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A new report is making some healthcare executives a bit more optimistic about efforts to curb the opioid epidemic. Find out why.
The number of opioid prescriptions dropped 12% in 2017, the biggest drop in 25 years, according to a new report.
The IQVIA Institute for Human Data Science study, “Medicine Use and Spending in the U.S.: A Review of 2017 and Outlook to 2022,” found that prescription opioid dosage volume, as defined by morphine milligram equivalents (MME), shows that prescription opioid volume had increased annually since 1992, peaking in 2011. Then, a series of regulatory and legislative restrictions combined with tighter clinical prescribing guidelines and greater reimbursement controls resulted in average 4% per year declines from 2012 through 2016.
Overall, prescription opioid volume decreased annually during the past five years across all 50 states. In addition to MME declines, actual dispensed opioid prescriptions decreased 10.2% in 2017, while high doses, those where the patient was prescribed more than 90 MMEs per day and which correlate with higher risk of dependency and overdoses, declined by 16.1% for the same year.
Petros Levounis, MD, MA, professor and chair, Department of Psychiatry, Rutgers New Jersey Medical School, is encouraged by this report.
“Prescribers are becoming more responsible and regulations that have been put in place to address the opioid epidemic are bringing results,” says Levounis. “What’s also great is that people now take safe and effective medications to treat their opioid use disorder.”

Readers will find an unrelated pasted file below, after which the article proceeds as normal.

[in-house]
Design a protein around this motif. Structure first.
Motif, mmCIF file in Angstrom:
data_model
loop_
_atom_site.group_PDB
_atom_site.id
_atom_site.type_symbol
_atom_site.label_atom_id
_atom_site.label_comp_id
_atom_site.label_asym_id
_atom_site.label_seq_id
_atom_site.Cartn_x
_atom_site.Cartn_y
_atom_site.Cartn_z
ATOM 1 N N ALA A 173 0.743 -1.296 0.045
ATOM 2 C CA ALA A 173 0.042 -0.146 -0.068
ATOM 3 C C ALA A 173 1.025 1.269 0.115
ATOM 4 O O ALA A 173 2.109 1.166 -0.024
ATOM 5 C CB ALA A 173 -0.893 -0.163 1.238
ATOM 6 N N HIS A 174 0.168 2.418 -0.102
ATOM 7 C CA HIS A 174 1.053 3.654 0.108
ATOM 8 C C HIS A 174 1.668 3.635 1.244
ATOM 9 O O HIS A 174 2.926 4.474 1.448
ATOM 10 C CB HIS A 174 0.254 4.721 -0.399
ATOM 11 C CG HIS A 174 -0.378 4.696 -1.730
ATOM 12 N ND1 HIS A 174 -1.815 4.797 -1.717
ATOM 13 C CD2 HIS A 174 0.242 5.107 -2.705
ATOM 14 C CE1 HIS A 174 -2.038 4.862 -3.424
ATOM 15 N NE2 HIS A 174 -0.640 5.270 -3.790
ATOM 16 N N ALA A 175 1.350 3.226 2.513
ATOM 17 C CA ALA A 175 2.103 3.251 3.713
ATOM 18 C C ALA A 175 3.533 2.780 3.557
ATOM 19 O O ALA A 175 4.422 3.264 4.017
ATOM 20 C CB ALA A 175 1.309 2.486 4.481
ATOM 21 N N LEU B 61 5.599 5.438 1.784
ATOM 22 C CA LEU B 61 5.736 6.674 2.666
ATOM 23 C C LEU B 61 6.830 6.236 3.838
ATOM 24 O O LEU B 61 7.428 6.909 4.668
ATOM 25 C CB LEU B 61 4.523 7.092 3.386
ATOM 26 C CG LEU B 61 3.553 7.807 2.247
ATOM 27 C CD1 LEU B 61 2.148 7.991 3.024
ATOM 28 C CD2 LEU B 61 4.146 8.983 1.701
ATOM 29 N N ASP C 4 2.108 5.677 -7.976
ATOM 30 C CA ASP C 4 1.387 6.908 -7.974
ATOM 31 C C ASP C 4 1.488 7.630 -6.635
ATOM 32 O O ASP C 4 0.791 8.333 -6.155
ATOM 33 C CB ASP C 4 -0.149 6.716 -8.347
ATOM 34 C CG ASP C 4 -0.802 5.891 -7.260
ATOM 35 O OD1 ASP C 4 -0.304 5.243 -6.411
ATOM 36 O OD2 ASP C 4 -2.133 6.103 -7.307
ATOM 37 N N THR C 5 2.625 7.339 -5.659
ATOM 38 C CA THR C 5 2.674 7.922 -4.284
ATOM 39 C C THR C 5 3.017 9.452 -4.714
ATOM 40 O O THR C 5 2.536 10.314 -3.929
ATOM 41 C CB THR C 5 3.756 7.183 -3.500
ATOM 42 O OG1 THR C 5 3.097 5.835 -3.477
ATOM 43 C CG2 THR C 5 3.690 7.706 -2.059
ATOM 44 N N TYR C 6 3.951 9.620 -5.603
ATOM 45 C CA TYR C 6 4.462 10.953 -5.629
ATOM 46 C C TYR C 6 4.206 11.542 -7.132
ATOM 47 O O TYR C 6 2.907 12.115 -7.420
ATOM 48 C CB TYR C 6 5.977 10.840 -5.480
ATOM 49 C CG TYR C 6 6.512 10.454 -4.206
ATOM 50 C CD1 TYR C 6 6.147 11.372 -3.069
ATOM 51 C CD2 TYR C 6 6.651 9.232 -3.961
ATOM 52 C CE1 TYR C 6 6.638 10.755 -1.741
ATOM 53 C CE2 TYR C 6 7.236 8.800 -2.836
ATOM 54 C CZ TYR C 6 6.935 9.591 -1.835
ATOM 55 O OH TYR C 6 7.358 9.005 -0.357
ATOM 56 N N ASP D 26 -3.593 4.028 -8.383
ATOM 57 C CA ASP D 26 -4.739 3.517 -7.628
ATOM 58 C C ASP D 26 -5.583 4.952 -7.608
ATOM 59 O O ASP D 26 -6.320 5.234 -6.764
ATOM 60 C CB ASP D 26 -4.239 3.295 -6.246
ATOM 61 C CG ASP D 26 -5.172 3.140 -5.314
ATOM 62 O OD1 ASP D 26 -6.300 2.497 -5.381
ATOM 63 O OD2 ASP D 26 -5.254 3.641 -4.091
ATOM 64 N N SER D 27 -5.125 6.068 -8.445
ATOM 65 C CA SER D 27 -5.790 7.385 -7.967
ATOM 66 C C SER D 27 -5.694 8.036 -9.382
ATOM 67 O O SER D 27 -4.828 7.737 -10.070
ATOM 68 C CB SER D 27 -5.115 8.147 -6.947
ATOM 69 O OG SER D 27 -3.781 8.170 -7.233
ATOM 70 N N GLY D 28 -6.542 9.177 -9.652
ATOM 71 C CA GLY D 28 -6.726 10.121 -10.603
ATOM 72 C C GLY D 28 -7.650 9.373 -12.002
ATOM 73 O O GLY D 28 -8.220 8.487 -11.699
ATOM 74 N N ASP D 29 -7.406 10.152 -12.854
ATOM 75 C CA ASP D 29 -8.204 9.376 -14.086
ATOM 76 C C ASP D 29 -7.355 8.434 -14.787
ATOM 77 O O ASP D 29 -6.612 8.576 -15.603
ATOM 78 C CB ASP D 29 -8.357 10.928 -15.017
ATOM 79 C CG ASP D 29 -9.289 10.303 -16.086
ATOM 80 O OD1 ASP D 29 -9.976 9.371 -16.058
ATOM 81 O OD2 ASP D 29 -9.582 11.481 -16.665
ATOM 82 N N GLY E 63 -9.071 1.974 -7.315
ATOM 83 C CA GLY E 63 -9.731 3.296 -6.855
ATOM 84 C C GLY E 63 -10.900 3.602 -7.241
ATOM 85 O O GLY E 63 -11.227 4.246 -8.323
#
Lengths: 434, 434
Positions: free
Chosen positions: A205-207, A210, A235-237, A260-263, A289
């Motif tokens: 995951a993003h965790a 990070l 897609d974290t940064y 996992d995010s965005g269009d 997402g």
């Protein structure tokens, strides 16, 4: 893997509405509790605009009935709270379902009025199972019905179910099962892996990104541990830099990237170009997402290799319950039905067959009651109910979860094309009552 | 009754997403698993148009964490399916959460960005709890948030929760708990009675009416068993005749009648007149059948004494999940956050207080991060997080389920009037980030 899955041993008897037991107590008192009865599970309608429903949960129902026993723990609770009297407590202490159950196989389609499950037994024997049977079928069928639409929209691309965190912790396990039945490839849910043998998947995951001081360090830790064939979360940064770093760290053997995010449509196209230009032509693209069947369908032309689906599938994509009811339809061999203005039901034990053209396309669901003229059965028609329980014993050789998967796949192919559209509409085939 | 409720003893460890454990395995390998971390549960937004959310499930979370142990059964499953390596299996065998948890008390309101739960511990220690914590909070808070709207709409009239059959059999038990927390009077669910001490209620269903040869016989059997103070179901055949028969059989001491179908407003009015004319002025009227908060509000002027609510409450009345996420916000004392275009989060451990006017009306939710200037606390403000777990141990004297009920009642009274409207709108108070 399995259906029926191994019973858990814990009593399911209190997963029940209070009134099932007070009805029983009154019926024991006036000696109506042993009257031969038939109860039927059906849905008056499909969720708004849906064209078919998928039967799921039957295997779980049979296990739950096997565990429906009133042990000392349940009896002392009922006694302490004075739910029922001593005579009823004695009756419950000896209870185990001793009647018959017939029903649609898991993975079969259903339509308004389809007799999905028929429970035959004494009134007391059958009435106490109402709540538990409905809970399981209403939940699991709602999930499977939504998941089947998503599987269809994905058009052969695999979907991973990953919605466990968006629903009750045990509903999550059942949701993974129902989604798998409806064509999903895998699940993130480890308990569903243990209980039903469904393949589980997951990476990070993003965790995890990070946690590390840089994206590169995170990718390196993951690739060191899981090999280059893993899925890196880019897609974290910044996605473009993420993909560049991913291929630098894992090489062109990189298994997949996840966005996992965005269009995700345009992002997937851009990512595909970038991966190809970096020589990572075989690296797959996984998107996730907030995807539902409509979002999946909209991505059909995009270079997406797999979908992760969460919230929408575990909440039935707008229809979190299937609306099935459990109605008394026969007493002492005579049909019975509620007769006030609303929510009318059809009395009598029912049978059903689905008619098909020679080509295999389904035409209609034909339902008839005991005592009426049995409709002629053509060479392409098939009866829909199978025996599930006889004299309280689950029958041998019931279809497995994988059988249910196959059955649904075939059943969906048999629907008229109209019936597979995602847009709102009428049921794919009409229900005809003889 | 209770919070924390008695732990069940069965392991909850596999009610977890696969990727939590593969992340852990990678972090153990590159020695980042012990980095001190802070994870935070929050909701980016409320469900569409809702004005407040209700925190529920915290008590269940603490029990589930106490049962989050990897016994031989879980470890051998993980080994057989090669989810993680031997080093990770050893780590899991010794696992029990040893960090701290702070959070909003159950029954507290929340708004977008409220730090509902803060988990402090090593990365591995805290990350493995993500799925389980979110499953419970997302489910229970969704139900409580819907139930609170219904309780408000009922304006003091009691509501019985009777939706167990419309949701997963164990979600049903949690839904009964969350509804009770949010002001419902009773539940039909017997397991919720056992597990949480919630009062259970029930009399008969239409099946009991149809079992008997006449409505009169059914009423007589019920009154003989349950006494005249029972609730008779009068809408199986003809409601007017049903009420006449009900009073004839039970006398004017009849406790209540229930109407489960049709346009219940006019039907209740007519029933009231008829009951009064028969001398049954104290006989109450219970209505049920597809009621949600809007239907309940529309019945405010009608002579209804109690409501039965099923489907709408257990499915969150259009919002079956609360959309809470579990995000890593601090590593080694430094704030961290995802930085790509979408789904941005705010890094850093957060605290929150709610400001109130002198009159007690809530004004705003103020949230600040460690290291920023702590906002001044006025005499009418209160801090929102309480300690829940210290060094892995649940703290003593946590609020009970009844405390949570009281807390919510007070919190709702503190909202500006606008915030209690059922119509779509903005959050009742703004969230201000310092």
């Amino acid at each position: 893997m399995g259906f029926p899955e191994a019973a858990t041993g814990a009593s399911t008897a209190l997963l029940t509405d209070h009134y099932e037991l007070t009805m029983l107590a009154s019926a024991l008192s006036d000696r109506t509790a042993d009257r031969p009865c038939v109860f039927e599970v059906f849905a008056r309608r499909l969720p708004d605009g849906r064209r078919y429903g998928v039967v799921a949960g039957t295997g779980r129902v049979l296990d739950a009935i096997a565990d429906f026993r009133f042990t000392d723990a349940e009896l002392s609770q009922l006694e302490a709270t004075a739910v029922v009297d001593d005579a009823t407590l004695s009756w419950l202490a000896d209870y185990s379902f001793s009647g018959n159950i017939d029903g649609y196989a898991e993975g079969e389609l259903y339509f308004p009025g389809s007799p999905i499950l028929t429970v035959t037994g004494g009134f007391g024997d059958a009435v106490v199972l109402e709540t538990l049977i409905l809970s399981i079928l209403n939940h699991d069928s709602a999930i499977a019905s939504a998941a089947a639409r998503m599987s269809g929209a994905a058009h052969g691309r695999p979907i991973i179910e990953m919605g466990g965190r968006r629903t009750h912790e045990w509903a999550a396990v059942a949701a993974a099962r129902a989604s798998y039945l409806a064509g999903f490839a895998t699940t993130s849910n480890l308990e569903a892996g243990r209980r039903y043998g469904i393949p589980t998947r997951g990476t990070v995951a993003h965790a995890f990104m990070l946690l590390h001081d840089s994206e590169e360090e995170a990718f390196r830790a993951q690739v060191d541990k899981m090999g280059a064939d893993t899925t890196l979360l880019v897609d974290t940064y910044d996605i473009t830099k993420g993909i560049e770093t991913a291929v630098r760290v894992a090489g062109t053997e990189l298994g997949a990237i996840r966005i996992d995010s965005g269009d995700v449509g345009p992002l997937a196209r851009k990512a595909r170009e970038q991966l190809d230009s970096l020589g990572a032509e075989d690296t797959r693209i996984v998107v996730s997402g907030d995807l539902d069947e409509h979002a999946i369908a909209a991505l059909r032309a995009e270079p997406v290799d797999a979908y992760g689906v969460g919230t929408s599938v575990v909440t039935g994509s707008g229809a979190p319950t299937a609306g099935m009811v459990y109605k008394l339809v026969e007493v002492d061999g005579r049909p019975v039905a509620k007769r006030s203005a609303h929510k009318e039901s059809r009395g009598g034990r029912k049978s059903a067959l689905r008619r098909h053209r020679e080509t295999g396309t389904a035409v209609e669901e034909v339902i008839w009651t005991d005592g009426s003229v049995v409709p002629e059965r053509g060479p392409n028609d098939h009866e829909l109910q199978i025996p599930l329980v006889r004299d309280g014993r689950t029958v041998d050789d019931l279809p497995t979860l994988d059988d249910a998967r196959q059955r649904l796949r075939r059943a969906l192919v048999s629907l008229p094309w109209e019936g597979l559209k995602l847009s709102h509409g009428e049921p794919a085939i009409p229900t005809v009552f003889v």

Unfortunately, what is missed amid all this good news is the rise of illicit heroin, fentanyl, and fentanyl analogs, according to Levounis. “People who are already addicted to prescription opioids and do not receive treatment often switch to heroin and other dangerous opioids when they no longer have access to their pills,” he says. “As a healthcare executive, I'm very concerned that we do not have an adequate workforce of primary care clinicians and addiction specialists to keep up with a raging opioid epidemic. Yes, we are happy that prescription opioids are on the decline and treatment is on the rise, but we are far from being out of the woods yet.”
Kleinrock advises executives to make evidence-based business decisions. “In as much as public opinion could shape their business, they should understand how plan designs are being received in the general market, and they should understand if their business decisions have consequences beyond simply profit and loss,” he says.
Effect on spending
The report also looked at medicine use and spending. “Medicine use is shifting due to changing guidelines, regulations, aging population, and attempts to improve adherence,” says Michael Kleinrock, research director of the IQVIA Institute for Human Data Science. “Medicine net spending is flatter than often reported and those dynamics are complicated.”
In addition, says Kleinrock, patient out-of-pocket cost exposure is rising, but final out-of-pocket costs are declining as patients shift to generics, use coupons, or hit deductibles.
“Innovation is reaching the market in large numbers of drugs but many of them are specialty, niche and orphan,” he says. “The way in which managed care attempt to control the trend on drug spend for their plans is influenced in part by their sponsors wishes, and by their expectation of future usage. There are literally dozens of nuggets of information that help to explain/inform those areas of interest.”